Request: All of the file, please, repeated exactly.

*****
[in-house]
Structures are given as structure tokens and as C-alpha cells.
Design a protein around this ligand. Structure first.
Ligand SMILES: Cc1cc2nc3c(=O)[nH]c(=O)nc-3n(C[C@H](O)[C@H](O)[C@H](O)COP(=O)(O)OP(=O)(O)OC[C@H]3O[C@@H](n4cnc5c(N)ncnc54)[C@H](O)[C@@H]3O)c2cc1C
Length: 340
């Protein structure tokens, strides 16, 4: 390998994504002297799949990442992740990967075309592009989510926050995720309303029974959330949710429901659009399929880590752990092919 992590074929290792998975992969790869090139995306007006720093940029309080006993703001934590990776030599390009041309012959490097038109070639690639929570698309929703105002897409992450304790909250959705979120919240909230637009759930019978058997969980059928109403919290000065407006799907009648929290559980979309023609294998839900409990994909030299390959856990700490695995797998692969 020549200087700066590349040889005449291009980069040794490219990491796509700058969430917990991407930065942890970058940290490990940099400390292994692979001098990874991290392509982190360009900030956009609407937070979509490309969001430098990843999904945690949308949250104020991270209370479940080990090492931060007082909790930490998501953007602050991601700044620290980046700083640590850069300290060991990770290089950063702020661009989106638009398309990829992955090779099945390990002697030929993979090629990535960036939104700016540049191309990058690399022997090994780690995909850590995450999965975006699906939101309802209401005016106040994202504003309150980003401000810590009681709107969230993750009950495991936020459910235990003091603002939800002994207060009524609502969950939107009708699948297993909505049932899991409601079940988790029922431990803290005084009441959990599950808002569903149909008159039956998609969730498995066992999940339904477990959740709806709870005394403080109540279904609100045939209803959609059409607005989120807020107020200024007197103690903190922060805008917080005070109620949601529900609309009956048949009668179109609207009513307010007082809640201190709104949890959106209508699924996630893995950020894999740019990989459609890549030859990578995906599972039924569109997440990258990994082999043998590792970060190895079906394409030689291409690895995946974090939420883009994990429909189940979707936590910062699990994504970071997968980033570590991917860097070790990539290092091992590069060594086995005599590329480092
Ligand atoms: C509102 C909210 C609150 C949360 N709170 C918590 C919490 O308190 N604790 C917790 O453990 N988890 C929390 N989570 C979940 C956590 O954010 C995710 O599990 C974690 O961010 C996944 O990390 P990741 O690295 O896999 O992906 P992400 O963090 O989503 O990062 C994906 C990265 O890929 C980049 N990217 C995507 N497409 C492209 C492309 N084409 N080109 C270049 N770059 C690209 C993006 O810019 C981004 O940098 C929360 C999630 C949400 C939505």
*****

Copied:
[in-house]
Structures are given as structure tokens and as C-alpha cells.
Design a protein around this ligand. Structure first.
Ligand SMILES: Cc1cc2nc3c(=O)[nH]c(=O)nc-3n(C[C@H](O)[C@H](O)[C@H](O)COP(=O)(O)OP(=O)(O)OC[C@H]3O[C@@H](n4cnc5c(N)ncnc54)[C@H](O)[C@@H]3O)c2cc1C
Length: 340
């Protein structure tokens, strides 16, 4: 390998994504002297799949990442992740990967075309592009989510926050995720309303029974959330949710429901659009399929880590752990092919 992590074929290792998975992969790869090139995306007006720093940029309080006993703001934590990776030599390009041309012959490097038109070639690639929570698309929703105002897409992450304790909250959705979120919240909230637009759930019978058997969980059928109403919290000065407006799907009648929290559980979309023609294998839900409990994909030299390959856990700490695995797998692969 020549200087700066590349040889005449291009980069040794490219990491796509700058969430917990991407930065942890970058940290490990940099400390292994692979001098990874991290392509982190360009900030956009609407937070979509490309969001430098990843999904945690949308949250104020991270209370479940080990090492931060007082909790930490998501953007602050991601700044620290980046700083640590850069300290060991990770290089950063702020661009989106638009398309990829992955090779099945390990002697030929993979090629990535960036939104700016540049191309990058690399022997090994780690995909850590995450999965975006699906939101309802209401005016106040994202504003309150980003401000810590009681709107969230993750009950495991936020459910235990003091603002939800002994207060009524609502969950939107009708699948297993909505049932899991409601079940988790029922431990803290005084009441959990599950808002569903149909008159039956998609969730498995066992999940339904477990959740709806709870005394403080109540279904609100045939209803959609059409607005989120807020107020200024007197103690903190922060805008917080005070109620949601529900609309009956048949009668179109609207009513307010007082809640201190709104949890959106209508699924996630893995950020894999740019990989459609890549030859990578995906599972039924569109997440990258990994082999043998590792970060190895079906394409030689291409690895995946974090939420883009994990429909189940979707936590910062699990994504970071997968980033570590991917860097070790990539290092091992590069060594086995005599590329480092
Ligand atoms: C509102 C909210 C609150 C949360 N709170 C918590 C919490 O308190 N604790 C917790 O453990 N988890 C929390 N989570 C979940 C956590 O954010 C995710 O599990 C974690 O961010 C996944 O990390 P990741 O690295 O896999 O992906 P992400 O963090 O989503 O990062 C994906 C990265 O890929 C980049 N990217 C995507 N497409 C492209 C492309 N084409 N080109 C270049 N770059 C690209 C993006 O810019 C981004 O940098 C929360 C999630 C949400 C939505």